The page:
Eight new health care benefits under the Affordable Care Act, including no cost birth control and better preventative care coverage, go into effect for America's women on Wednesday.
The new benefits include low or no cost contraceptives, breast-feeding supplies, screenings for sexually transmitted infections, counseling for domestic violence, breast and pelvic exam check-ups, pap smear tests and prenatal care.
Health and Human Services Secretary Kathleen Sebelius hailed the coming into force of the new provisions, saying they will benefit 47 million American women.
"Too often, we put our own health last, and that's especially true when it come to preventive care. The regular checkups and screenings that are so important to staying healthy but can be too easy to put off," Sebelius said at a press conference with Democratic senators.
Many of the new female health care provisions under ACA are not controversial. However, one new rule requiring employers to provide no cost contraception to their employees is already drawing legal challenges.
Last Friday, Colorado HVAC company Hercules Industries was granted a reprieve from the contraception coverage by a federal judge after the company's management said the rule conflicted with their personal religious beliefs.
The Obama administration had hoped to avoid such lawsuits, especially from religious institutions and universities, after they changed the original law's language to give such organizations a one-year extension while a compromise could be reached.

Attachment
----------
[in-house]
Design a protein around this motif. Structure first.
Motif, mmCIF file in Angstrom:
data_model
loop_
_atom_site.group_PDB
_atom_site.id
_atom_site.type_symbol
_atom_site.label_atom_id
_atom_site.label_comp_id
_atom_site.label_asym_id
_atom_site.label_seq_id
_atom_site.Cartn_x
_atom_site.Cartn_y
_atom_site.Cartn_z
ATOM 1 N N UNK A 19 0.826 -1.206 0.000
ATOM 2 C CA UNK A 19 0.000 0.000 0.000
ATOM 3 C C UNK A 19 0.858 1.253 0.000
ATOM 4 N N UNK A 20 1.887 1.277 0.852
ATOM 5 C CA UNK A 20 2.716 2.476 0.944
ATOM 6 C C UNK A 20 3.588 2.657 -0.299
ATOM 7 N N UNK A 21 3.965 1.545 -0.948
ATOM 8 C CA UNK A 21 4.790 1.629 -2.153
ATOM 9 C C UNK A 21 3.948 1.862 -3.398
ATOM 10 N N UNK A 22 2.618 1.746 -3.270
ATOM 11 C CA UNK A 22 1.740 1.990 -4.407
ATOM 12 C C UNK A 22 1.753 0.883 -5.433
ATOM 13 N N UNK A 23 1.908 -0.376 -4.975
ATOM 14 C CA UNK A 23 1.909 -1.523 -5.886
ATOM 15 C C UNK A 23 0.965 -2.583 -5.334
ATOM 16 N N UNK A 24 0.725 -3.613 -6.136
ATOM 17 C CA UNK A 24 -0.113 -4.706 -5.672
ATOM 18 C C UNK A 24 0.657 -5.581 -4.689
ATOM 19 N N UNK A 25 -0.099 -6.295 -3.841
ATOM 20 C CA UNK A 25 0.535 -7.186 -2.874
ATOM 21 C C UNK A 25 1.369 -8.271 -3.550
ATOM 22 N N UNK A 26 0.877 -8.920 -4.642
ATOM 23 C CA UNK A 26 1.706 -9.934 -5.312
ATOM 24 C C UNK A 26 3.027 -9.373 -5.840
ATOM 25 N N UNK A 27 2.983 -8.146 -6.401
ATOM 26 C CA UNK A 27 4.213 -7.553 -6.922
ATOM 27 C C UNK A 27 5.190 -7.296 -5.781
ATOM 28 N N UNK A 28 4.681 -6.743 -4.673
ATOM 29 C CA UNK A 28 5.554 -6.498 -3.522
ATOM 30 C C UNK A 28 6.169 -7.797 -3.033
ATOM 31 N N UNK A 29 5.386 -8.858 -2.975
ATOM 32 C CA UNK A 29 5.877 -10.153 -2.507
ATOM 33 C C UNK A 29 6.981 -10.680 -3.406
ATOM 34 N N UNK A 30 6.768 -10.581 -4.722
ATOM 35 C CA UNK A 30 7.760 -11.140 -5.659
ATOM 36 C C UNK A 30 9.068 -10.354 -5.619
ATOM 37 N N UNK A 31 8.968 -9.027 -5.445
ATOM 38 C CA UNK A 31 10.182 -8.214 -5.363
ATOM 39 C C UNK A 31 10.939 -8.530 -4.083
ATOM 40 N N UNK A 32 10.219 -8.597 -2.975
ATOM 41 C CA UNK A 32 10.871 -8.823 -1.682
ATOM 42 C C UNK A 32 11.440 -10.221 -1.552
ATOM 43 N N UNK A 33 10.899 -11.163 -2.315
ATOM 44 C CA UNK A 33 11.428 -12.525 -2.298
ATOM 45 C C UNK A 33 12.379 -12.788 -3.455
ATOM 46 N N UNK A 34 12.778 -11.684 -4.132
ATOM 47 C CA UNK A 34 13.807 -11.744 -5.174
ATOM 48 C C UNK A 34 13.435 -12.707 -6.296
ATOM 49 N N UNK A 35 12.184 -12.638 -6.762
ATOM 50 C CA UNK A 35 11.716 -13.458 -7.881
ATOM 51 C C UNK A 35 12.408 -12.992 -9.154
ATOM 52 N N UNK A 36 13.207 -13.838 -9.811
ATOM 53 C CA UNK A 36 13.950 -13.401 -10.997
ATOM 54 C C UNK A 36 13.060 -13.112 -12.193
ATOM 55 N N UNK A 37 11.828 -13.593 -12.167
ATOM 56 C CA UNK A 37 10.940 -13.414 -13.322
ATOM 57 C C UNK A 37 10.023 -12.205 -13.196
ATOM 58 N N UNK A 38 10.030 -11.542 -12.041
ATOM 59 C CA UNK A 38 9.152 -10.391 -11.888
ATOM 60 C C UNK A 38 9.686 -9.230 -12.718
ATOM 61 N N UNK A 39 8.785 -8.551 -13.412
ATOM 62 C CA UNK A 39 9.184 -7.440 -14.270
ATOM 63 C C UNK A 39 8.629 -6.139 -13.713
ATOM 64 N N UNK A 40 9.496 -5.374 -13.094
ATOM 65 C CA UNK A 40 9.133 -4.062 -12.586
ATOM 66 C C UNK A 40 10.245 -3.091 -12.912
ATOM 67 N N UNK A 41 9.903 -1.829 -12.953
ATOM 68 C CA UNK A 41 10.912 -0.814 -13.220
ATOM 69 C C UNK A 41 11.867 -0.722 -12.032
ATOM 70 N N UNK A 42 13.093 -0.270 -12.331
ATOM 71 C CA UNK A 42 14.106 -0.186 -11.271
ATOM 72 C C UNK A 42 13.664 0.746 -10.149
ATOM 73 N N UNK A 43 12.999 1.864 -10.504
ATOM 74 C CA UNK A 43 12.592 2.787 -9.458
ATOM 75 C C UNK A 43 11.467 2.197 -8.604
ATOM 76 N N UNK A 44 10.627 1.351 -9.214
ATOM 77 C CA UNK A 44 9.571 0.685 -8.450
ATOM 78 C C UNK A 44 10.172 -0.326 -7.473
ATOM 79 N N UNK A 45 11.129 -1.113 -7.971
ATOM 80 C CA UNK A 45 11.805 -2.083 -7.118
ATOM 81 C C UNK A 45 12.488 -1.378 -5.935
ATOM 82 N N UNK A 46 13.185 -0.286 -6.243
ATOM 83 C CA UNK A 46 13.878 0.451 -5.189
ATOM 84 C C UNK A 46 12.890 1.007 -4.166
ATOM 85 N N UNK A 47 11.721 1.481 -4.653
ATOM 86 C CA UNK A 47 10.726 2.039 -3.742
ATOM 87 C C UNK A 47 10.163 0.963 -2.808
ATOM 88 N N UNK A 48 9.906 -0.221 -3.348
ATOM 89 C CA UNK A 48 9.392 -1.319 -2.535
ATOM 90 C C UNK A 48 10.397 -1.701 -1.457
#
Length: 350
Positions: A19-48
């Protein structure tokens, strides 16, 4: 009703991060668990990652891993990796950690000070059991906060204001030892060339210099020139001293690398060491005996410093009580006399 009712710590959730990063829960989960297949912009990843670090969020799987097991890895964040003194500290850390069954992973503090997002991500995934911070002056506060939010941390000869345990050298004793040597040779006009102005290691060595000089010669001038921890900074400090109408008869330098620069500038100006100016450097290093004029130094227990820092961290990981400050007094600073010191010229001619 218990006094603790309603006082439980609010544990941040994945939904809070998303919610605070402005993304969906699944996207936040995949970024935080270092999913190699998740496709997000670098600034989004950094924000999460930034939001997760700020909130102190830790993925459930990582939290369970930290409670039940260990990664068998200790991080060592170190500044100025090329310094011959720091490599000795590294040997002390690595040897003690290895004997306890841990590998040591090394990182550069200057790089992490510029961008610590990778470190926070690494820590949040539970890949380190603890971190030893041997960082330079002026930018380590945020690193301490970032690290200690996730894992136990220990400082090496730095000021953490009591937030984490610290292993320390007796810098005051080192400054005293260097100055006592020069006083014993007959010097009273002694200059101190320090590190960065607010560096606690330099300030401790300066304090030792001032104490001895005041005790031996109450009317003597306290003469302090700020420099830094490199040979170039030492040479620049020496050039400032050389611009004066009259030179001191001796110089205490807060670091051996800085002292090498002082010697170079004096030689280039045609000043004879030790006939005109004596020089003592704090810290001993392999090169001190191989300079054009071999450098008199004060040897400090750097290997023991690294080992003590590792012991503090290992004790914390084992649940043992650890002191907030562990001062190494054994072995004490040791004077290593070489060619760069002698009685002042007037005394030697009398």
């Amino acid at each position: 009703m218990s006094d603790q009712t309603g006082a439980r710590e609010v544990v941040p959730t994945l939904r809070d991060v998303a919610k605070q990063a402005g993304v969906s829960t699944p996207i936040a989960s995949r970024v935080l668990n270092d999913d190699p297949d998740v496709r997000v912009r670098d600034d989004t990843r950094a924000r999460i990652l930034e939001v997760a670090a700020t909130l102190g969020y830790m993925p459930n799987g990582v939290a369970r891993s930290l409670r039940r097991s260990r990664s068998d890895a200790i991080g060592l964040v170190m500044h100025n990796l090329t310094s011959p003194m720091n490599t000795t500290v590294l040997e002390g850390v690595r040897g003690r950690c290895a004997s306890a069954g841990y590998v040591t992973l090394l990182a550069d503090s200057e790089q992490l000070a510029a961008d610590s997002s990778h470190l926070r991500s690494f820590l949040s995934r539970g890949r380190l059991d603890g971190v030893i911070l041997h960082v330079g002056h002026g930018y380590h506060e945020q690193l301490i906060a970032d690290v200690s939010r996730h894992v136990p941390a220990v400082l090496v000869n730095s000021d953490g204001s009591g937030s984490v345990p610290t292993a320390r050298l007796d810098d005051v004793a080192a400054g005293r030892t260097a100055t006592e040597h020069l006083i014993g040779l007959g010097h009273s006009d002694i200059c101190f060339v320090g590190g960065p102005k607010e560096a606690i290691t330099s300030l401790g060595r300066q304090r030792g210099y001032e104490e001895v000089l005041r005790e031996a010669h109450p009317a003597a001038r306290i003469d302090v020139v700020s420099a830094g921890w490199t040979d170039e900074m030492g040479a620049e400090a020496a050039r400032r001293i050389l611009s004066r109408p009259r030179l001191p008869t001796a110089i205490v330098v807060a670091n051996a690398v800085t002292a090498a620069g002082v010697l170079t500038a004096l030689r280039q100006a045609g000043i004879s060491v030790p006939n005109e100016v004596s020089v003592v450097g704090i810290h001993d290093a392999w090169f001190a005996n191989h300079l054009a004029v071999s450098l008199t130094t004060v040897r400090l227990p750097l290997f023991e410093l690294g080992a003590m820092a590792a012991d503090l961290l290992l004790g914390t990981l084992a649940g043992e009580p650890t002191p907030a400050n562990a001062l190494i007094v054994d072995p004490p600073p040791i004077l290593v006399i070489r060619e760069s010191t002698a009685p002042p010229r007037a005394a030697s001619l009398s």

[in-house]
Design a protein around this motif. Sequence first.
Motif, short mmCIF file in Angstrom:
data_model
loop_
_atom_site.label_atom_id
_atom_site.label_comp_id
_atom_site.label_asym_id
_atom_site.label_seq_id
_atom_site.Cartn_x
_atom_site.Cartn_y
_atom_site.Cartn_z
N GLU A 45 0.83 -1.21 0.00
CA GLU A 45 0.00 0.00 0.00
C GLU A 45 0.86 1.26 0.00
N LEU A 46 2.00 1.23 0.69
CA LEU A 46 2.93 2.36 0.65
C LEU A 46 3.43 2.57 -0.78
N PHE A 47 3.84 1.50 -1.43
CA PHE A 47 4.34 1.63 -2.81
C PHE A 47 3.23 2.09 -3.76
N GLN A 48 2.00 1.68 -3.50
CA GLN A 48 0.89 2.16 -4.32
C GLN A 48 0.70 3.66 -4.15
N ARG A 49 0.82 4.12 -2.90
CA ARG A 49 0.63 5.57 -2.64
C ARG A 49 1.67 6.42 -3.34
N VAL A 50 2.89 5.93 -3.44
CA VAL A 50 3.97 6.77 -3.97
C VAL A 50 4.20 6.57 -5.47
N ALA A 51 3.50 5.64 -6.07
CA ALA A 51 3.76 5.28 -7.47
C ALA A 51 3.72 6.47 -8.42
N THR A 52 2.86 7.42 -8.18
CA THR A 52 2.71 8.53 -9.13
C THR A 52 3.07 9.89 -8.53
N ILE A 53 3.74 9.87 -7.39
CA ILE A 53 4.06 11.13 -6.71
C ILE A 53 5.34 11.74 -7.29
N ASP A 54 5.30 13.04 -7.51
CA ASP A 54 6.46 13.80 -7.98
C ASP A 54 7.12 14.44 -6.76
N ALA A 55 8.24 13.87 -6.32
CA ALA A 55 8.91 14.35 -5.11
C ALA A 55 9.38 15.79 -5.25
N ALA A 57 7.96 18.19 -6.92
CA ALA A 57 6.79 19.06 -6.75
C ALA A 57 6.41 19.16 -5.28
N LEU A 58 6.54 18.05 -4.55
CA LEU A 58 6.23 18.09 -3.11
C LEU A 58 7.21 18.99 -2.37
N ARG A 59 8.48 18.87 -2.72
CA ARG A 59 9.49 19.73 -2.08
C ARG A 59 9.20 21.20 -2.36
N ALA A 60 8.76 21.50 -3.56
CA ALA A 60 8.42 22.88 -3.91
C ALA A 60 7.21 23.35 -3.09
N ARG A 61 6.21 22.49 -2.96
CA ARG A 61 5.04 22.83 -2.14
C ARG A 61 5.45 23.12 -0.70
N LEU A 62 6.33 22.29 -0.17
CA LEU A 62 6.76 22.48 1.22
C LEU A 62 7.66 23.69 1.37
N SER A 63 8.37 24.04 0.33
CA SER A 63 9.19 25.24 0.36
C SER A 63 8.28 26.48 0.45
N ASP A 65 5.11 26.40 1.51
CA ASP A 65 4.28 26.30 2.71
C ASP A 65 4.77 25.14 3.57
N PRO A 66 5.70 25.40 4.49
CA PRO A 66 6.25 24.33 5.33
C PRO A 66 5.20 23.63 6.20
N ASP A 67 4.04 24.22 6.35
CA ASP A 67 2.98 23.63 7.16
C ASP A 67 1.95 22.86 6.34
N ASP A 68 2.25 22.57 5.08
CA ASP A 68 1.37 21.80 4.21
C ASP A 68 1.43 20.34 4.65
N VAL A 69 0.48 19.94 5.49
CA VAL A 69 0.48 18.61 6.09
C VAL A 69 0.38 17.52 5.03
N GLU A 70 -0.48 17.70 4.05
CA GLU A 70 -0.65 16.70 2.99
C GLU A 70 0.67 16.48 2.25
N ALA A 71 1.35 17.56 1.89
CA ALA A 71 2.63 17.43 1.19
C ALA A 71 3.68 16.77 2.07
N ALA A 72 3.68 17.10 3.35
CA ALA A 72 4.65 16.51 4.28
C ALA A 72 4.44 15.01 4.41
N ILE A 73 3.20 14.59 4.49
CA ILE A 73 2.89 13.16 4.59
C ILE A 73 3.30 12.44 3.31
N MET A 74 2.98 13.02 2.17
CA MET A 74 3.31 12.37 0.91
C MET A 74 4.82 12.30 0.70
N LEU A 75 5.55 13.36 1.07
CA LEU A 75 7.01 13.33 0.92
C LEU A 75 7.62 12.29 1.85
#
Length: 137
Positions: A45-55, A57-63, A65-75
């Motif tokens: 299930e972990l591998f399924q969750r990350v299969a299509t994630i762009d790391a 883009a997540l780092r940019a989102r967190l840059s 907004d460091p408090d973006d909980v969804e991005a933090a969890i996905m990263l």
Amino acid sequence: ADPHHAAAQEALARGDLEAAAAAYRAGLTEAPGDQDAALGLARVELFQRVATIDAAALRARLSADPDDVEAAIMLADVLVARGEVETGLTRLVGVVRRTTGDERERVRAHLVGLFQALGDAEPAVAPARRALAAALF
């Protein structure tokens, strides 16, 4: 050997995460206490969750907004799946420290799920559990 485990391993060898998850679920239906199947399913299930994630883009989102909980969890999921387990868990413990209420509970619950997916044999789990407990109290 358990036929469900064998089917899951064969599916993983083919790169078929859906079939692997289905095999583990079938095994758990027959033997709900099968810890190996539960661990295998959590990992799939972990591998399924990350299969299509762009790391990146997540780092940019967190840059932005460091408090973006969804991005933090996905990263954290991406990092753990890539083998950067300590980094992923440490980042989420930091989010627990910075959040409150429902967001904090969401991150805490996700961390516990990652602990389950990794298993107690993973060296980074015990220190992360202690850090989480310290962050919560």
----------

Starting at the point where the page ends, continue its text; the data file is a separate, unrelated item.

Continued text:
Additionally, only new and renewing health plans are required to provide the new health benefits to women. Some other plans that have grandfathered status are not required to conform to any of the new rules.
However, Senate Republicans are still renewing a push for ACA's repeal, a goal that has been denied by the Democrat-controlled chamber multiple times, by attaching a repeal amendment to the Cyber Security Act of 2012.
Senate Majority Leader Harry Reid called the move dangerous to national security and a gross show of politics trumping American safety.
"Instead of substantive amendments that deal with our nation's cyber security, [Senate Republicans] are insisting on political show votes," Reid said Wednesday.
"The threat is clear. And protecting the computer networks that control our electric grid, water supply and financial system should be above political wrangling," he added. "So I was doubly disappointed to watch a bipartisan process derailed by ideological attacks on women's right to health care."
Female senators have also gone on the offensive, with Barbara Mikulski, D-Maryland, saying "If you want to repeal that, then bring it on!" and Sen. Barbara Boxer, D-Calif., asking incredulously, "What is with this idea of repeal? Do you really want to take away these benefits from women?"
by RTT Staff Writer
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